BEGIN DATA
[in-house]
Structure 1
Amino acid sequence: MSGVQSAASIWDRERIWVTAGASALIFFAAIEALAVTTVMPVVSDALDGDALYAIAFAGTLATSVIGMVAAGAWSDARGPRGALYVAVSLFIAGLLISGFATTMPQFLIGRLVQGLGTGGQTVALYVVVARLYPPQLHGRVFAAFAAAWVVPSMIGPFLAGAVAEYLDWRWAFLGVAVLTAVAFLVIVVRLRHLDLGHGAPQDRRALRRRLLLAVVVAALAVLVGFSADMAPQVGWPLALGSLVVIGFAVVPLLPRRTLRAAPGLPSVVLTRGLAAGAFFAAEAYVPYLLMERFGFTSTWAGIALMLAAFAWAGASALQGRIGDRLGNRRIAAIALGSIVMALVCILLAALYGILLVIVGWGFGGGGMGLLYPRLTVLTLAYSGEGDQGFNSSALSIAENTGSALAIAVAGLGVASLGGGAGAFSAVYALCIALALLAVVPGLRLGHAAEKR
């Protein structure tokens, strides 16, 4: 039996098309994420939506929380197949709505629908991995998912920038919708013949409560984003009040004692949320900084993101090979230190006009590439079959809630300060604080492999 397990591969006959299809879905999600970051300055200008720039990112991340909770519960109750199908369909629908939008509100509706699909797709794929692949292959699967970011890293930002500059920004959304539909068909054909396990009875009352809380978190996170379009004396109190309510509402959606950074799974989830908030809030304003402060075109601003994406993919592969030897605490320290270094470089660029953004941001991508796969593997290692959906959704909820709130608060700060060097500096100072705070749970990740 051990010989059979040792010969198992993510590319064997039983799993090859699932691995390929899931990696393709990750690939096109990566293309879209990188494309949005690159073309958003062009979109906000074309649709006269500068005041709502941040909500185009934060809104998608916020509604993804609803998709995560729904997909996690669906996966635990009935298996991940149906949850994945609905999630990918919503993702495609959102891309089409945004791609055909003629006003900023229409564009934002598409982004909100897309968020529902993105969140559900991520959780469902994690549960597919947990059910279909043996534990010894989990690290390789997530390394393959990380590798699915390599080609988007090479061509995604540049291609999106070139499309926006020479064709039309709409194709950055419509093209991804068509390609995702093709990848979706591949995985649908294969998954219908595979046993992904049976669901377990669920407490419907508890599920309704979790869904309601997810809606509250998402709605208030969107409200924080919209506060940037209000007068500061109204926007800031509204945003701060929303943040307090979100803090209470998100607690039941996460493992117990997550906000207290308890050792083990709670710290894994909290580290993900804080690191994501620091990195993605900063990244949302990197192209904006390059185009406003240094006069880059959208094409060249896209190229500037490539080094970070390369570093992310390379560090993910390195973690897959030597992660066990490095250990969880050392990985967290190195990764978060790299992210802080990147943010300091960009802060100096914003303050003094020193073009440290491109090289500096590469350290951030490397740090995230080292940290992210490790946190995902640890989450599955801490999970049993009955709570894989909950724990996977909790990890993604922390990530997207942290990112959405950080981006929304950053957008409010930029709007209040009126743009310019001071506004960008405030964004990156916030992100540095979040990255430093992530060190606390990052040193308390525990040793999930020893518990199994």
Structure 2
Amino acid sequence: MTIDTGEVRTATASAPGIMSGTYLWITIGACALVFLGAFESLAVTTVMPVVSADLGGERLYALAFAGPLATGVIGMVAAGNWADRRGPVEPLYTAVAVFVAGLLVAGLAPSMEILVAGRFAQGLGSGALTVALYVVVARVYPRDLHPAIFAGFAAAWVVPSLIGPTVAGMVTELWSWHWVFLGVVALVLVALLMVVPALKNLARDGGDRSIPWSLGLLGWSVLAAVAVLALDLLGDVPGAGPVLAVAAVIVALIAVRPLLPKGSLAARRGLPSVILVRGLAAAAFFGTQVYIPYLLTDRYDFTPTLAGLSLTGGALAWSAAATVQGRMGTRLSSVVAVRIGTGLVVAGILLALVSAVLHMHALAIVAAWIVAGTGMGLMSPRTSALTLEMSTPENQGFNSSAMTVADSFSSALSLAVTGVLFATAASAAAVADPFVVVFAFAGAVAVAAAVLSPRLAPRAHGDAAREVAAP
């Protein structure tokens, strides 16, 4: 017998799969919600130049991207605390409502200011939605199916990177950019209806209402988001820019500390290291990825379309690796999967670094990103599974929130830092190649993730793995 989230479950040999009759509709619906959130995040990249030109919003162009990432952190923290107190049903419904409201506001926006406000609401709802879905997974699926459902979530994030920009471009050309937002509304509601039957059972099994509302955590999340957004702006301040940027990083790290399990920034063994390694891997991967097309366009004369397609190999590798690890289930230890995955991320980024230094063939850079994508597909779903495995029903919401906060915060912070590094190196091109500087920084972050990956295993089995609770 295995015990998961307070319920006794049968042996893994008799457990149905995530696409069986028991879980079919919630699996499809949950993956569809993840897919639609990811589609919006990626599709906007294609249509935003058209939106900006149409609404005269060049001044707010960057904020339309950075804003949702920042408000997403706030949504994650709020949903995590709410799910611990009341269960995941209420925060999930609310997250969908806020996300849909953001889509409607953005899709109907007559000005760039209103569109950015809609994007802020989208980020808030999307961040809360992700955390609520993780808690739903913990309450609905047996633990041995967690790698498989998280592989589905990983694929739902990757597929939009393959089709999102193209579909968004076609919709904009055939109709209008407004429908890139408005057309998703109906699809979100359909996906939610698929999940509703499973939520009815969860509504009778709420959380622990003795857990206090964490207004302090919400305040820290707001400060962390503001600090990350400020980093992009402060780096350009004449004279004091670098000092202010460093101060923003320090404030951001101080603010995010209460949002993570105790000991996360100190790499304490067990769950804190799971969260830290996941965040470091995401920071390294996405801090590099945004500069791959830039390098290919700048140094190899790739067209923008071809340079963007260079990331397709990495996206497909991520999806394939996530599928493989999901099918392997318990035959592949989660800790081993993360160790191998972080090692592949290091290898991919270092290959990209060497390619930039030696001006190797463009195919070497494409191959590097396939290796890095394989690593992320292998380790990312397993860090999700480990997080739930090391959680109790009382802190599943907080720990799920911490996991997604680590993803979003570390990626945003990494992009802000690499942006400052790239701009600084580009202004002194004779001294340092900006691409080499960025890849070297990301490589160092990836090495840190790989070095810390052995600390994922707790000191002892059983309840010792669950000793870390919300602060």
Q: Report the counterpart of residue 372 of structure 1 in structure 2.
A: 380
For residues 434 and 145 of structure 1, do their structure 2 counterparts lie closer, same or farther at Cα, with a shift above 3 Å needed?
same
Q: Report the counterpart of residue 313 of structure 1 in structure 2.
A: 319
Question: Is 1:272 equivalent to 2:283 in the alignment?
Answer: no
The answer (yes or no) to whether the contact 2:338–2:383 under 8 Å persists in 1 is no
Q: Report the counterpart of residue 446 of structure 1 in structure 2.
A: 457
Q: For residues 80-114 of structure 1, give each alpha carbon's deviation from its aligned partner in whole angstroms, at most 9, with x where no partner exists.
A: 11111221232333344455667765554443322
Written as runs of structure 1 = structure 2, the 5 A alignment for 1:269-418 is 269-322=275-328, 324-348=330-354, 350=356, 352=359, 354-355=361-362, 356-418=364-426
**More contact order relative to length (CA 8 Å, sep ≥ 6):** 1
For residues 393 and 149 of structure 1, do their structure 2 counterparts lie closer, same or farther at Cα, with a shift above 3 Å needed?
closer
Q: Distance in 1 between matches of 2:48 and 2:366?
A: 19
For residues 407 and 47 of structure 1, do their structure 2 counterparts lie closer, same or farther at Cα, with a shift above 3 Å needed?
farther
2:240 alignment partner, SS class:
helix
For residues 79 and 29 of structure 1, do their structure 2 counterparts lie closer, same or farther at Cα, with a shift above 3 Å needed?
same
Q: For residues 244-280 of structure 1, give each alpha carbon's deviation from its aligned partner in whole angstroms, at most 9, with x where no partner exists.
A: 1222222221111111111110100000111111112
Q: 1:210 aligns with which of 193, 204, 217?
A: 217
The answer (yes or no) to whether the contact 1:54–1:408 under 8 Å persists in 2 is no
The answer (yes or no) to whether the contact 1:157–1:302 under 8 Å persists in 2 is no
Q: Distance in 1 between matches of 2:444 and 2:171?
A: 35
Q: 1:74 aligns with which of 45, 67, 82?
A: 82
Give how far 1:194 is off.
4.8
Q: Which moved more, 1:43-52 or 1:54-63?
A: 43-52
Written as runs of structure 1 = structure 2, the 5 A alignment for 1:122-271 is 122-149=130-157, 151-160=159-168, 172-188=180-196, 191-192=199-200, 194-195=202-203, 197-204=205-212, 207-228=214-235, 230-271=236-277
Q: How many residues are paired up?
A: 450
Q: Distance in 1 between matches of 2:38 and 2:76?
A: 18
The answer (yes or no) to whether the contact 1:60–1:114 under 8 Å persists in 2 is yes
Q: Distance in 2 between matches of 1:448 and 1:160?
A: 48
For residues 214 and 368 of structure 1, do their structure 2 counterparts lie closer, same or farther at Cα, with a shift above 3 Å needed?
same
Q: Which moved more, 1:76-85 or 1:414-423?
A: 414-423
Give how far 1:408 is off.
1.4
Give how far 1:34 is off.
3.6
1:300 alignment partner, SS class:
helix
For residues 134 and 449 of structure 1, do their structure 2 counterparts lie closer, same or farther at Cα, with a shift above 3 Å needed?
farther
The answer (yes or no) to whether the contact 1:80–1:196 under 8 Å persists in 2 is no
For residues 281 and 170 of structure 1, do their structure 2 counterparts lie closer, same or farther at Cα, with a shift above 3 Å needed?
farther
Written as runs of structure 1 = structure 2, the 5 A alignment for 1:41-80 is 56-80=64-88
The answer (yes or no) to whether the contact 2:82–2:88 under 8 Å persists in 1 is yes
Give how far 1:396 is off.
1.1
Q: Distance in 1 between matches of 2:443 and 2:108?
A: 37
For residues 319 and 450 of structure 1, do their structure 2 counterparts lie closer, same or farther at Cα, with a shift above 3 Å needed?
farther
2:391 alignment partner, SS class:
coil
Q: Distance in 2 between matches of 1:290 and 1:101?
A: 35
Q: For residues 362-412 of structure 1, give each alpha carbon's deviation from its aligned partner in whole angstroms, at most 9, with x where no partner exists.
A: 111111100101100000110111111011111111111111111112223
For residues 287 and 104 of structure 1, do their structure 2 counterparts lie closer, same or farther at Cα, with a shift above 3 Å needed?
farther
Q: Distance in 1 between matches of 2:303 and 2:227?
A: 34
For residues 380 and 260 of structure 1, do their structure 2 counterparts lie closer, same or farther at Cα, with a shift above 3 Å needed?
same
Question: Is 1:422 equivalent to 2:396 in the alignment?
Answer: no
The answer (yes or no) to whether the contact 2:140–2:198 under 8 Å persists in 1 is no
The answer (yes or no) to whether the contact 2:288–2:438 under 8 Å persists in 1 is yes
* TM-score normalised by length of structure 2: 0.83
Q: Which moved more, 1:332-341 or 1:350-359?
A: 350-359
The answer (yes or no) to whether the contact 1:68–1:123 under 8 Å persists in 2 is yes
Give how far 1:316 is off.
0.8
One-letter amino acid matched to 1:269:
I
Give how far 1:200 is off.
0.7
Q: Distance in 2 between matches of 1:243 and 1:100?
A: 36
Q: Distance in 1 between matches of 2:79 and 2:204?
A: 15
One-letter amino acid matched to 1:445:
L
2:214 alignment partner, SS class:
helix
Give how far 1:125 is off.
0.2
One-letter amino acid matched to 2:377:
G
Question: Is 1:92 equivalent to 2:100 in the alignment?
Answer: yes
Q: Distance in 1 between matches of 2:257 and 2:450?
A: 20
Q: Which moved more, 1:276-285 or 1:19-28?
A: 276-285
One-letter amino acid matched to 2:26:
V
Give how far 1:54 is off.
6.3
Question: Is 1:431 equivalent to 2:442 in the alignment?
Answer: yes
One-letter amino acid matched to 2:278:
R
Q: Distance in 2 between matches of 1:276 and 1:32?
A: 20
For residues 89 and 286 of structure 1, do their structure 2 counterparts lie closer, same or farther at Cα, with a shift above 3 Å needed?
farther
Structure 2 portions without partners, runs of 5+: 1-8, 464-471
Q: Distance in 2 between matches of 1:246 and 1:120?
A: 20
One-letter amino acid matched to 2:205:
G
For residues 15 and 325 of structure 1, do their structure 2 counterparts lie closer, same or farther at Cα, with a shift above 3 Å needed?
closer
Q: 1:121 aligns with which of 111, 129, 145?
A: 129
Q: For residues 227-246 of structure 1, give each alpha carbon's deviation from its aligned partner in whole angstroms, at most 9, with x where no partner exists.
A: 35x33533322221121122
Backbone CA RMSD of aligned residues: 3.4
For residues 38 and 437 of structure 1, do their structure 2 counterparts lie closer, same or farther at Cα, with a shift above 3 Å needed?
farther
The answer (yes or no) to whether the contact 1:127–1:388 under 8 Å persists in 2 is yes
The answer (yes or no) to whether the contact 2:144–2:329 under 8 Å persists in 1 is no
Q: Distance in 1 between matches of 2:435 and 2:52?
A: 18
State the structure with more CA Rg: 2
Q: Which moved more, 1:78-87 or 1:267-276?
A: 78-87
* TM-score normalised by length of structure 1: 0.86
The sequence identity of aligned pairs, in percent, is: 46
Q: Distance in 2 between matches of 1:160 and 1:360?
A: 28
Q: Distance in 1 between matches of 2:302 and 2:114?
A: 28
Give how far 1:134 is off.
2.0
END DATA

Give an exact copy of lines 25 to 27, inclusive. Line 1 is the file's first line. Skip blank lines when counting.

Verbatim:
Q: Distance in 1 between matches of 2:48 and 2:366?
A: 19
For residues 407 and 47 of structure 1, do their structure 2 counterparts lie closer, same or farther at Cα, with a shift above 3 Å needed?